The inverted set output signal F5 and the one-shot pulse signal QA are applied to the AND gate A1 to clear the counter NC through the clear circuit CLC. The flip-flop f5 is set by the one-shot pulse signal QA. The set output signals F1 and F5 of the flip-flops f1 and f5 are applied to the AND gate A6 to continuously enable the indication lamp LA. Under these conditions, when the foot switch SF is actuated, the main shaft 1 is driven to rotate by the motor 2, whereby the synchronization signal β is developed.

The address data stored in the address register AC are applied to the random access memory RAM. The bottommost data shown in FIG. 8 are read out, that is, the data "25" and "15" are introduced into the registers BX and BY, respectively. The linear motor LMX rotates by the value corresponding to the data "25", and the needle 3 penetrates the uppermost end 40a of a buttonhole 40 shown in FIG. 7, thereby forming the first stitch. When the needle 3 is separated from the work in response to the rotation of the main shaft 1, the synchronization signal β is developed to increase the contents of the address register AC by one. The second data stored in the random access memory RAM, that is, the second data from the botton of FIG. 8 "4" and "15" are introduced into the registers BX and BY, respectively. The needle 3 is shifted left by the amount corresponding to the data "4", and the stitch is formed at a point 40b of FIG. 7. At this moment the work feed plate 4 is not driven to move because the data in the Y-direction are "15".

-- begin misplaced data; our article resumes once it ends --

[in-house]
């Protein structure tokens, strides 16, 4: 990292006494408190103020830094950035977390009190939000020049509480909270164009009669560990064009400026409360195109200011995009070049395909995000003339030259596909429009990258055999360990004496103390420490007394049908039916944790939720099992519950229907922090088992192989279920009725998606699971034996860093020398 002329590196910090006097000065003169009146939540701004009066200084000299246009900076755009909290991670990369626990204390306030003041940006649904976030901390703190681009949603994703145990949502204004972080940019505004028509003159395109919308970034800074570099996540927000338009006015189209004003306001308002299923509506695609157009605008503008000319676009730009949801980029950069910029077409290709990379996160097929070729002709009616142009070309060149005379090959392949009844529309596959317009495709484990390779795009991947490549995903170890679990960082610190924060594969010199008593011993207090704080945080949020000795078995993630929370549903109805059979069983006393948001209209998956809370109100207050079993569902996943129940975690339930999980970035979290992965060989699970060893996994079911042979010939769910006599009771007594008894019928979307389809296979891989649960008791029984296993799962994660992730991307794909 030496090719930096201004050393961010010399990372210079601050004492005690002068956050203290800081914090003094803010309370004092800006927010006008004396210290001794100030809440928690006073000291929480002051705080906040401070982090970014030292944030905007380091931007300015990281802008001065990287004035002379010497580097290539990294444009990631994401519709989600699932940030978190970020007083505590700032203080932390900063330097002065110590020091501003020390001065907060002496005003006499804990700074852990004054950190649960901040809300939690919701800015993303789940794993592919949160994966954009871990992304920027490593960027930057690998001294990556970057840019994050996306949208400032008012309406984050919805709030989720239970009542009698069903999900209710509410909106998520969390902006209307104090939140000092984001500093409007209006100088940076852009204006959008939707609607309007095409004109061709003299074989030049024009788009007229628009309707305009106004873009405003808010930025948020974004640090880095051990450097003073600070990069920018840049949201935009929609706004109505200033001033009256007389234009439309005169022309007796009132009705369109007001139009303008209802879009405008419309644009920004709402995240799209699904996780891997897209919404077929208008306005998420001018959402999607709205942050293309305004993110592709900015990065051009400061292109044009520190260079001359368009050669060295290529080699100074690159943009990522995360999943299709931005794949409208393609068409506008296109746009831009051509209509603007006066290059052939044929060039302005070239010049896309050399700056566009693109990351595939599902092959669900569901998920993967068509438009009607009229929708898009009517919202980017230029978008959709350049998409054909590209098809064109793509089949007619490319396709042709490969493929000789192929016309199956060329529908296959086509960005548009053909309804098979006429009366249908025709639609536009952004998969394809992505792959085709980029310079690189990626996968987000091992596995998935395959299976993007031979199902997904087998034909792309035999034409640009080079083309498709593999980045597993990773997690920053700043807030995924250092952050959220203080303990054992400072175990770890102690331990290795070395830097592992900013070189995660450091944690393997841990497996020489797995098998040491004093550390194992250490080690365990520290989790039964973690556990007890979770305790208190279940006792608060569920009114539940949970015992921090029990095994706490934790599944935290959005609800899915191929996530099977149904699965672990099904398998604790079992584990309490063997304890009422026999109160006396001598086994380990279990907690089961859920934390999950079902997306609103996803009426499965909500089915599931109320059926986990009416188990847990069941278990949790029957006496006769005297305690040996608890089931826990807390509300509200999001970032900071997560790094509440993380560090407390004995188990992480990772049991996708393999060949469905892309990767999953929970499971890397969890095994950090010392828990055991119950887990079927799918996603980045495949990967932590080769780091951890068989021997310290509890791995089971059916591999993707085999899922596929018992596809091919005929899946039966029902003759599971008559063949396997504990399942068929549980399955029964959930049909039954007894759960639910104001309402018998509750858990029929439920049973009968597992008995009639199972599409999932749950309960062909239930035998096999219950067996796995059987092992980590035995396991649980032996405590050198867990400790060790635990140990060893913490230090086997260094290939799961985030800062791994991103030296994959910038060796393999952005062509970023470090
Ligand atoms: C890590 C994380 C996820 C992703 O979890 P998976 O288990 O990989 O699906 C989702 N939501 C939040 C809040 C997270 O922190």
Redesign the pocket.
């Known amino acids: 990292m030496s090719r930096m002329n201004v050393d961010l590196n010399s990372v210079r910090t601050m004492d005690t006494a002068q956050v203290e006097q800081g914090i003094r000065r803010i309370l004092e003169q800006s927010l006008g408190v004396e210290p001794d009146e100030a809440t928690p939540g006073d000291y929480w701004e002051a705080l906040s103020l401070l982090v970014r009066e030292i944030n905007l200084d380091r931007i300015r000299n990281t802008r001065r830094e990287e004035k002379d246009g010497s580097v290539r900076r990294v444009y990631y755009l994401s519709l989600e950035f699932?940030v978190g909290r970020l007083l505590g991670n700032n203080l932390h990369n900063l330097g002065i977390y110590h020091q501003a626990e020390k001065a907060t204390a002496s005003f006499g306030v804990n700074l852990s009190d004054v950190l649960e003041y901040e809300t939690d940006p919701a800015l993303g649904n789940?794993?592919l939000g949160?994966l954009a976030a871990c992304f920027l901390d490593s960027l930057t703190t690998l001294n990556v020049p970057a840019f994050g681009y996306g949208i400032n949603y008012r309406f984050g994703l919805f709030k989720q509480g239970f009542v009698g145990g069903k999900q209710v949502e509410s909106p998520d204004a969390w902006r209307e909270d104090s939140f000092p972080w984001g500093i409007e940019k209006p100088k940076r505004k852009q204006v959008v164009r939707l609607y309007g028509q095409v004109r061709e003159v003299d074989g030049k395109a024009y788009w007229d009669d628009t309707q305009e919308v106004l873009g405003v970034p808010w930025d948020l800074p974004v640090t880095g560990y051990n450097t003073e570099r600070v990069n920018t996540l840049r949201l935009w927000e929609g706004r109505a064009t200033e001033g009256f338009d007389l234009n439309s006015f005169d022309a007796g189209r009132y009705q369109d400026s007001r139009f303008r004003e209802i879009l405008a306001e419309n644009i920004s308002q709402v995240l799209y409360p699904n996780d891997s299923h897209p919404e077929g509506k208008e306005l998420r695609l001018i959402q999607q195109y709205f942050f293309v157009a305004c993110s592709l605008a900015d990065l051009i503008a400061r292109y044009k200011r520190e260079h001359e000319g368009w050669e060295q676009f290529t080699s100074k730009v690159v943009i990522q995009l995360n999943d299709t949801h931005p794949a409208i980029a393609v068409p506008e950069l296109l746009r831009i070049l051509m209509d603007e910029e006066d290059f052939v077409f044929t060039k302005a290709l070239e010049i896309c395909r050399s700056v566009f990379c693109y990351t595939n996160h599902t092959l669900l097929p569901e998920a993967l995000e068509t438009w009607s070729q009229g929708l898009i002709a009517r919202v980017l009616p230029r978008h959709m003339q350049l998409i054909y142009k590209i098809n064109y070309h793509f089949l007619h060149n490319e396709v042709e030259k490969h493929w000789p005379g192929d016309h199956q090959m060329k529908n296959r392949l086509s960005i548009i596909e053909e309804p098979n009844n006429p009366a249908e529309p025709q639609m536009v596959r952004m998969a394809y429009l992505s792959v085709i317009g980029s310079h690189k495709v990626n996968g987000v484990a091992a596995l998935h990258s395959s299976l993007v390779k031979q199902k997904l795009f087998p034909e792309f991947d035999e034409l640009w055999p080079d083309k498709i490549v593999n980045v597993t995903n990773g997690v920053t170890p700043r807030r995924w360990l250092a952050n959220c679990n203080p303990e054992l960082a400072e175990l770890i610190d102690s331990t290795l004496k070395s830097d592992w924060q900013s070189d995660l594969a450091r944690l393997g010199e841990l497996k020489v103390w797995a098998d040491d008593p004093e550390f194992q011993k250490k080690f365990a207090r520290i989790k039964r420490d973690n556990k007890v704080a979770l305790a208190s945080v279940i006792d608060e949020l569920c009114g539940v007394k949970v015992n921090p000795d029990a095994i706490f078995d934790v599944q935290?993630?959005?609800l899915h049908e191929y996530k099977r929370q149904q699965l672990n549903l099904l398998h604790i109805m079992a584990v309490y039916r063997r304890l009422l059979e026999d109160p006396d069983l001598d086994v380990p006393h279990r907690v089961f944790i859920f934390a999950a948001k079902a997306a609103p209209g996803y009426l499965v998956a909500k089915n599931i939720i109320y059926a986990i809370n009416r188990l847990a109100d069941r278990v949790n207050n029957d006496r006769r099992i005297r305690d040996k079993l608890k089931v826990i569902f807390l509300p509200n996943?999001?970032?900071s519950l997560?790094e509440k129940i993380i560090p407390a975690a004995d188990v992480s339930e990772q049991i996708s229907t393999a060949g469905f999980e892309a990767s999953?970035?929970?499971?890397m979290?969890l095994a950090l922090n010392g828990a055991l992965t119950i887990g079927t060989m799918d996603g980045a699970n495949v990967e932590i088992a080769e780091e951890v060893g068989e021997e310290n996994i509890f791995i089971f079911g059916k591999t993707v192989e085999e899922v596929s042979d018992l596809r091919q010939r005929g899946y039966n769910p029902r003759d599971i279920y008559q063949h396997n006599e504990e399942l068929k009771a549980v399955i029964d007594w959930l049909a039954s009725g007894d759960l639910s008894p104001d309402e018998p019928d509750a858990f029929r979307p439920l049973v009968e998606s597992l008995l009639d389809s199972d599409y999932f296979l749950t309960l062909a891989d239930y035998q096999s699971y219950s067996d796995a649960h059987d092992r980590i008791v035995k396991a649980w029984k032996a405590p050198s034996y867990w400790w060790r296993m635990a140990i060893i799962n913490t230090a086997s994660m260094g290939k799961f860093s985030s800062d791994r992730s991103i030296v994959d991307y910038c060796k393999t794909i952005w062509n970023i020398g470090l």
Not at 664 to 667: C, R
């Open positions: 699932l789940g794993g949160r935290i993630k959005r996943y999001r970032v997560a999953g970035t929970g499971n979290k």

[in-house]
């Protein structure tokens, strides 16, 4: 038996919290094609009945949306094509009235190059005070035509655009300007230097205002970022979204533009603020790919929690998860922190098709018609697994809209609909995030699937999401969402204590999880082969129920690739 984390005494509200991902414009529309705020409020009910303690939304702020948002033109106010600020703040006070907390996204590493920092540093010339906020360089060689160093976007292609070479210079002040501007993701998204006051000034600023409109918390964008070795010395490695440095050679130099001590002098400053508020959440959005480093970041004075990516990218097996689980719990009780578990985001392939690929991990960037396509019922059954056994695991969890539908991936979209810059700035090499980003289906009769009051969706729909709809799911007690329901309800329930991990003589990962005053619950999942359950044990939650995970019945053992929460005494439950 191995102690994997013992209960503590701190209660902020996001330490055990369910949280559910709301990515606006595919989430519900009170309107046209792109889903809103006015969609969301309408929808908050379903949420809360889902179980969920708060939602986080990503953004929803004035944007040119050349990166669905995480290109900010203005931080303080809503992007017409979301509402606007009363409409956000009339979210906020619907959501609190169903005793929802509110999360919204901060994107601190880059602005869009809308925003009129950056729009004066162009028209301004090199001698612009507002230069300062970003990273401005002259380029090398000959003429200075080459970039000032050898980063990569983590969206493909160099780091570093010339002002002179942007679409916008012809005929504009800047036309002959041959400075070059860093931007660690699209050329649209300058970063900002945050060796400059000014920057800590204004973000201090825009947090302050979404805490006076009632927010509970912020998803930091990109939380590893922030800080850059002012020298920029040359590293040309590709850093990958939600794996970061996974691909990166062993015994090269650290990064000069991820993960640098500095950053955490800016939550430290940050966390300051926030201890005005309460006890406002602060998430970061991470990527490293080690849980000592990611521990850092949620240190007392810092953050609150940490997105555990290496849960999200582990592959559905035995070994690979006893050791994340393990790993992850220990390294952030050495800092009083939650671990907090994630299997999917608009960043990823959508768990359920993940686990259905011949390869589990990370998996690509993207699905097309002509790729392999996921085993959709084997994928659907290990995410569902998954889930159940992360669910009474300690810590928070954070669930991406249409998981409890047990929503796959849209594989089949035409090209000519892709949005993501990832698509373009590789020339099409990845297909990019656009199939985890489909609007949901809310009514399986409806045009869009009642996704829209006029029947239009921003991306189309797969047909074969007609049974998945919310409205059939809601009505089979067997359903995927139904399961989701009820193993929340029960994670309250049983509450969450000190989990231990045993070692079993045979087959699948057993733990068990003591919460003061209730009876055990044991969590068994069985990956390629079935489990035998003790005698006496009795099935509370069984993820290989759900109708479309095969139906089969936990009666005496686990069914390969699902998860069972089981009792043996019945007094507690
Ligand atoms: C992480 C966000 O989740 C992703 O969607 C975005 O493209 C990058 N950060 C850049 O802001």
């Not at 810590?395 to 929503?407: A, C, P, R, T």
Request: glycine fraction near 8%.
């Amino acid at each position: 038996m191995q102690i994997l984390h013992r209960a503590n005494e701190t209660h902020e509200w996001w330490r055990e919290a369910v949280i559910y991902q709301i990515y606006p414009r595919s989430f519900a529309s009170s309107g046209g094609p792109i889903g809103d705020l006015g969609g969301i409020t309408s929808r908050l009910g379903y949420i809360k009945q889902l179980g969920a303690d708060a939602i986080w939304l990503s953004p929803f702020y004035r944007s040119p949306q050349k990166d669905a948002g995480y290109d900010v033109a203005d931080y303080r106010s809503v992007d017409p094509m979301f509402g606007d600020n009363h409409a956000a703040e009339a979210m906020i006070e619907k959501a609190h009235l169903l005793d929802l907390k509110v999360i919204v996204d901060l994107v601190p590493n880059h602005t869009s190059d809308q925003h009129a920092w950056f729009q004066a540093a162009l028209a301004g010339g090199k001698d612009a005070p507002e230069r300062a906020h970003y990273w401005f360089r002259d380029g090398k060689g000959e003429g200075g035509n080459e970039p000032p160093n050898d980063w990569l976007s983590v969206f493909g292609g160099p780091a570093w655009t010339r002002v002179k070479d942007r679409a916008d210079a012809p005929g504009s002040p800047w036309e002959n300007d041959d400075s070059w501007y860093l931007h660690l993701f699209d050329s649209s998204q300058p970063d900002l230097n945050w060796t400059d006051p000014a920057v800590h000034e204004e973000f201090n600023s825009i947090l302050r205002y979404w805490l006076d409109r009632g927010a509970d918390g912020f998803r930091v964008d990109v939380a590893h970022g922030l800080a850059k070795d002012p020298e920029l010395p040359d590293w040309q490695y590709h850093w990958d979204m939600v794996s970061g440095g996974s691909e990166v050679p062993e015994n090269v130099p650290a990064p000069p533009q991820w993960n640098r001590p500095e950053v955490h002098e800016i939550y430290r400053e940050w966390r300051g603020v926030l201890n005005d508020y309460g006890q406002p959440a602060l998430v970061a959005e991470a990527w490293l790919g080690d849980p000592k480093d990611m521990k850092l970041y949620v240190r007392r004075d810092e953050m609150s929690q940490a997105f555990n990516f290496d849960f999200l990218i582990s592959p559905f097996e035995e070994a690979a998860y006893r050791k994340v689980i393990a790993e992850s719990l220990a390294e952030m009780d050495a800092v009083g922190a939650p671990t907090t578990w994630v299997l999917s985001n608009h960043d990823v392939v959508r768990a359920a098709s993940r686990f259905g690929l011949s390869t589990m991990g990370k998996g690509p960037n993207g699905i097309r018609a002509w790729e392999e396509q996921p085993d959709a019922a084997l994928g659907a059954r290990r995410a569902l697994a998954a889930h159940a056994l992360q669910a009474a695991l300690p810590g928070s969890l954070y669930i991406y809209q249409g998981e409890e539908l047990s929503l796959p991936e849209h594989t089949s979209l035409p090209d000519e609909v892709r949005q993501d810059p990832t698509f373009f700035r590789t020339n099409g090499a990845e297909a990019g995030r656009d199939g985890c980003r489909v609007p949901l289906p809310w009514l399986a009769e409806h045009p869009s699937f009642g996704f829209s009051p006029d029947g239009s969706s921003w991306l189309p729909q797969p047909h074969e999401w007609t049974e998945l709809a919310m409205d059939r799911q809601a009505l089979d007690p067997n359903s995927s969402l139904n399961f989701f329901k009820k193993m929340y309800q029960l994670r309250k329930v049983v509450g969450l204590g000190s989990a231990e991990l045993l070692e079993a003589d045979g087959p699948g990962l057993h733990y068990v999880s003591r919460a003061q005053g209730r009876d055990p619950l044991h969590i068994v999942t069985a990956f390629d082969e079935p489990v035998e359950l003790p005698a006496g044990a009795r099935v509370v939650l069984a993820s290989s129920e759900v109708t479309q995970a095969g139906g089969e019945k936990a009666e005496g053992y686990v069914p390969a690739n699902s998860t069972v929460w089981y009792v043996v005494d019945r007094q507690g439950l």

The similar operation is repeated to form plural stitches at the uppermost end of the buttonhole 40. When the contents of the address register AC reach the data corresponding to the address ACn shown in FIG. 8, the bit Bo of the register BX receives the signal "1", which shows that the RAM section is advanced from the section nB to the section nA. The signal "1" derived from the bit Bo is applied to the AND gate A2, which functions to apply the synchronization signal β to the count-up circuit CUC. Therefore, the contents of the register NC are increased one by one in response to the provision of the synchronization signal.

The data stored in the section nA of the random access memory RAM shown in FIG. 8 are read out. The needle 3 is driven to swing between two positions corresponding to the data "4" and "13", respectively. And the work feed plate 4 is driven to move by two pitches for every stitch. Therefore, the stitches are formed at points 40b and 40c on the side 1 of FIG. 7. That is, the zigzag stitch pattern is formed as shown in FIG. 10. During these operations, the indication lamp LA is continuously enabled to indicate that the buttonhole operation is conducted in the direction 1.

When the contents of the address register AC reach the last address ACm of FIG. 8, the judge circuit JA develops the detection output toward the address determination circuit AP to set the contents of the address register AC at a value corresponding to the address ACn. The formation of the zigzag stitch pattern on the side 1 of FIG. 7 is repeated as long as the foot switch SF is actuated.

Since the judge circuit JA is controlled by the set output signal F1 or F2 applied through the OR gate OR1, the above-mentioned repeat operation is performed only when the buttonhole operation is selected.

When the zigzag stitch pattern is formed in the direction 1 by a desired length, the foot switch SF is released and the manual mode buttonhole operation selection key KA is again depressed. Now assume that the stitch formation is conducted to a point 40d of FIG. 7 at this moment. The one-shot pulse generator qA again develops the output signal QA. A signal S2 is applied to the ROM section selection circuit SC to select the section PB-2. Thereafter, the flip-flop f5 is reset to turn on the AND gate A7 and to turn off the AND gate A6. Accordingly, the indication lamp LA is driven to flicker at a frequency determined by the pulse signal SS.